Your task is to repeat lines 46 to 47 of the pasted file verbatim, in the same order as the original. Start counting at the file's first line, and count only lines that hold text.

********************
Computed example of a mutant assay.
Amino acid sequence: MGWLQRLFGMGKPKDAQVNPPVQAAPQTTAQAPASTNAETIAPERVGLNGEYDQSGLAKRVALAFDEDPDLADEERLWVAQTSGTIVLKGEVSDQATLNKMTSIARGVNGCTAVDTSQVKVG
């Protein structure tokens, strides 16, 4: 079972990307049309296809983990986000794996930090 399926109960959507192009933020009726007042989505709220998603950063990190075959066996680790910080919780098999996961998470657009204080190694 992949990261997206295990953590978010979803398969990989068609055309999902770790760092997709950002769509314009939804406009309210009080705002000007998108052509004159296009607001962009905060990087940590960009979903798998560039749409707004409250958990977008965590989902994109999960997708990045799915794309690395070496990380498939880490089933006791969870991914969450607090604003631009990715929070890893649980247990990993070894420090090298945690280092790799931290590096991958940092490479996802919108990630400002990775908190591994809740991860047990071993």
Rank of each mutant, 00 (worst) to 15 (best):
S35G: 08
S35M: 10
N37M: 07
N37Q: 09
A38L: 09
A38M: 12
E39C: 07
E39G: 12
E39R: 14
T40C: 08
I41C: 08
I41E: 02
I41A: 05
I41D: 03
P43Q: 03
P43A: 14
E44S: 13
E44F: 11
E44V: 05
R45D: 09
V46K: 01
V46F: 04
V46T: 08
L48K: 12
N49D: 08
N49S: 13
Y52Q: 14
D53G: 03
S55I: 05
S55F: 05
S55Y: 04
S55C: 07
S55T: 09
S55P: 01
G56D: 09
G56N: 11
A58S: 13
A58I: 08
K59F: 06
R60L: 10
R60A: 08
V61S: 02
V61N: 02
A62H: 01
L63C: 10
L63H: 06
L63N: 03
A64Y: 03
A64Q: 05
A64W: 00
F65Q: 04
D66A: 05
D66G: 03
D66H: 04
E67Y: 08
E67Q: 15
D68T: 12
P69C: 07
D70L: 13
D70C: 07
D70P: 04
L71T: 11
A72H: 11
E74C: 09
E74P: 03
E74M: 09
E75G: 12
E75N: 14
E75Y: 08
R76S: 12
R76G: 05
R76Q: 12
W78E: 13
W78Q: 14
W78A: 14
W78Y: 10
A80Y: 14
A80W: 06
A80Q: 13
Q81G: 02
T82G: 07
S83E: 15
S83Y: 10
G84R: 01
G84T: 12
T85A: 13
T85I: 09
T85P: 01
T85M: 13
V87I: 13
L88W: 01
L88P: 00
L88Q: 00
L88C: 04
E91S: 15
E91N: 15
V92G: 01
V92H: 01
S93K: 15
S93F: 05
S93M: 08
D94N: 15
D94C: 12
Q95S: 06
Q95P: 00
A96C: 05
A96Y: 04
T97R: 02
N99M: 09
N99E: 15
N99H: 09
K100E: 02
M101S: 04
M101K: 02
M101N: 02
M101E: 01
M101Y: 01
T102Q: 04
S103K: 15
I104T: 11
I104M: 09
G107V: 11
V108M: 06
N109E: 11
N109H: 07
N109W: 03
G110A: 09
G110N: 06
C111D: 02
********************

V61S: 02
V61N: 02